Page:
Written by Samer Elchahabi, Deputy Country Director, Tunisia
A free press fueled by expert journalism is the backbone of any democracy. Journalists hold those in power to account, expose wrongdoing and provide citizens with the knowledge they need to make informed decisions. Likewise, local stories cover local public affairs, hold local elites accountable, provide a forum for discussion, and connect communities by giving them meaning and civic engagement within their localities. However, when local media professionals lack the necessary resources, knowledge and tools, they struggle to play this role. This is especially true outside the capital, Tunis and in remote areas, where journalists have little financial and professional capacity.
With funding from the Swiss Agency for Development and Cooperation (SDC) and the UK Foreign Commonwealth Department Office (FCDO), the International Foundation for Electoral Systems (IFES) has set up a program called Local Democracy Reporters (LDRs), or Mourasiloun (“Reporters” in Arabic). Through a competitive selection process that garnered more than 200 applications, IFES identified 24 motivated Mourasiloun (17 women and seven men from 16 different governorates) from citizen and professional media. Through a series of workshops, IFES trained the Mourasiloun on issues related to the legal framework for decentralization and local governance; journalistic genres; journalism ethics; inclusive journalism; Mobile journalism (MoJo) and photojournalism; how to effectively produce stories for the web and social media; fact-checking, data journalism and visualization tools; and the safety and security of journalists.
Applying their new skills and knowledge, the Mourasilouns collectively produced 128 media pieces. As a final project, each reporter produced a long-running, professional-quality report covering a local story from their municipality. Among other things, the articles covered topics such as campaign promises made by city councilors to provide basic services to their constituents once elected; the criminalization and social exclusion of the LGBTQIA+ community from local government positions; evaluation of the participatory approach to governance in the municipality of Utique (Bizerte); the political participation of minority communities, such as Tunisian Jews and Amazighs, in the municipal works of Djerba; the role of municipalities in eliminating industrial pollution in Gabes; and the evaluation of municipal works and the implementation of electoral promises in the commune of Zanoush (Gafsa Governorate).
“I acquired a lot of knowledge in the fields of decentralization and investigative journalism by participating in Mourasiloun. I used these skills in my reporting when I conducted a survey through an electronic questionnaire, in which they assessed the municipal work and their vision of local journalism while presenting them with practical suggestions for improving the work. municipal. — Slah Eddine Krimi, journalist for Al-Sabah newspaper for two and a half years and former Forbes Middle East correspondent
As part of this project, IFES has also developed a guide for Mourasiloun that complements the trainings and serves as a resource when conducting fieldwork. The printed guide, designed to fit easily into a bag or briefcase, includes 10 detailed chapters on journalism and local governance topics as well as practical information on local reporting. IFES also provided Mourasiloun with all the tools needed to improve the quality of “on-the-go reporting” and mobile journalism, which included a microphone, smartphone stabilizer and LED light. The results of the training were evident in the final media articles produced by the Mourasilouns, which were praised by the media coaches for their professional-level quality.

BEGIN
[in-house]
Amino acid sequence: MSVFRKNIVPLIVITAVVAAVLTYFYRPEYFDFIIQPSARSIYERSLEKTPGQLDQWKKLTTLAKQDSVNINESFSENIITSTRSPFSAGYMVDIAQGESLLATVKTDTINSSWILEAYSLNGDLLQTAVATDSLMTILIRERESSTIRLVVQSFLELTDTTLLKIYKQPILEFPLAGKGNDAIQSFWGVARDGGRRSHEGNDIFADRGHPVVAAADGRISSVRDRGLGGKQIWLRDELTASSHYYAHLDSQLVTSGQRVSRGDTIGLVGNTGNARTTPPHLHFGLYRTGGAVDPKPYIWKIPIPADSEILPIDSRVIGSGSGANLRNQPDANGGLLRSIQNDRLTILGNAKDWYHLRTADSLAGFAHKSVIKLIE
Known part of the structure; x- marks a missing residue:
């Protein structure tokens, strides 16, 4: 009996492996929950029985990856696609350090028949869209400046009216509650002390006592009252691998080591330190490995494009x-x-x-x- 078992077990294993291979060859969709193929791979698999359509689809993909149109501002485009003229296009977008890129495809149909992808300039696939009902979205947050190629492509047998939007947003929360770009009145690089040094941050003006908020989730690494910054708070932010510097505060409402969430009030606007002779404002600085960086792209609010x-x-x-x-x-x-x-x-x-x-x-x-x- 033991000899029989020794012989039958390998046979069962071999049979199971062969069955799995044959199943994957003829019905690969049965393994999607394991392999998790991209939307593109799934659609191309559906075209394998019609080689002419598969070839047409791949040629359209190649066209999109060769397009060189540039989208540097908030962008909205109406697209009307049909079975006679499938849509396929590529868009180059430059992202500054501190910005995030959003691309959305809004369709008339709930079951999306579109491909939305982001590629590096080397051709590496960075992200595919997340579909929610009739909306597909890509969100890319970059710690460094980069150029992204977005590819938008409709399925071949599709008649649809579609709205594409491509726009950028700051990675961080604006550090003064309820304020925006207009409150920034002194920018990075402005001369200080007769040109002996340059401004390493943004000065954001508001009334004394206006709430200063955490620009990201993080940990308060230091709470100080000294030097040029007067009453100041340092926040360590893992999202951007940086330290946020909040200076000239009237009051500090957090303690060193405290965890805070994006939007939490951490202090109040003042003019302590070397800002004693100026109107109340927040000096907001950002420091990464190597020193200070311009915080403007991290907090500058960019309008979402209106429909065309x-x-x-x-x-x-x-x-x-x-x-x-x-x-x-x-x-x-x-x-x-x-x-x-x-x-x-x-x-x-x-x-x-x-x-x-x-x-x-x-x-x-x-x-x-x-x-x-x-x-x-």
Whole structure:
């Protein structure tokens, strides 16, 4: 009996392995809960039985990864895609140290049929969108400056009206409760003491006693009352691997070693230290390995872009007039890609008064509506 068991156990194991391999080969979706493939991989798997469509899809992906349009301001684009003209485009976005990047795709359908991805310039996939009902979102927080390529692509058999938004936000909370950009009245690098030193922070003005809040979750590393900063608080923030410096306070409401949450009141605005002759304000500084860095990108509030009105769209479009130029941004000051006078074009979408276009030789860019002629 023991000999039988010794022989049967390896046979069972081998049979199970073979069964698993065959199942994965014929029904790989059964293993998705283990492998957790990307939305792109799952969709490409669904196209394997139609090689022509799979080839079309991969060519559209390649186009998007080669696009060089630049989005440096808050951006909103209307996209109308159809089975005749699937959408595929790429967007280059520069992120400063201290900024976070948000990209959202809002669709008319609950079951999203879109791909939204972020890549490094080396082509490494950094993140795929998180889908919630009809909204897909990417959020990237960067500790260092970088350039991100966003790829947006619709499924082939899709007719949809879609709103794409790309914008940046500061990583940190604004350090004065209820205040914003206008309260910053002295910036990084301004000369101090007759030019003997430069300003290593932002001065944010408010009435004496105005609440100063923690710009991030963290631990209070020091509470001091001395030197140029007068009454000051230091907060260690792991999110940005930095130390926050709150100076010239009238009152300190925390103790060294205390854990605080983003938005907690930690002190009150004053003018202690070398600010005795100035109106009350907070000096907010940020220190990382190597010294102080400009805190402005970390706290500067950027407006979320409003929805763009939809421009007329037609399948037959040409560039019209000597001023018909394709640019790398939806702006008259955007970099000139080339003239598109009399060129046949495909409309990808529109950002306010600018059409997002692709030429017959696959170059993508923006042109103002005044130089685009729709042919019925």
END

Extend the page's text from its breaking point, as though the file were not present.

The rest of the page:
Projector: Fadia is a journalist from the town of Msaken in the governorate of Sousse. His participation in the IFES Local Democracy Reporters (LDR) program was not only an opportunity to learn how to report more accurately and reliably on local governance issues, but also to change his mindset. towards the LGBTQIA+ community. “The training was a unique opportunity to learn more about the [LGBTQIA+] community. Their struggles are not brought to light in our society, steeped in prejudice and inherited beliefs. I grew up as a journalist as a result of this training and saw these issues as intrinsically linked to all individuals deprived of their human rights.”
As local and global journalism evolves alongside broader structural transformations in the media ecosystem, driven in large part by the rise of digital media, the mission of the Mourasiloun program is to ensure that Tunisians have access to issues of democracy and governance and are represented by them. that impact their communities. Trainings in the use of digital media have provided journalists with new ways to access, find and share media content that challenges the inherited business models and journalistic routines of conventional news media. This empowers civic educators in Mourasiloun to hold accountable those who hold power in their communities. In addition, the Mourasiloun program provides local Tunisian journalists with the tools and information needed to continue covering local democracy issues long after the project ends.
Posted April 11, 2022.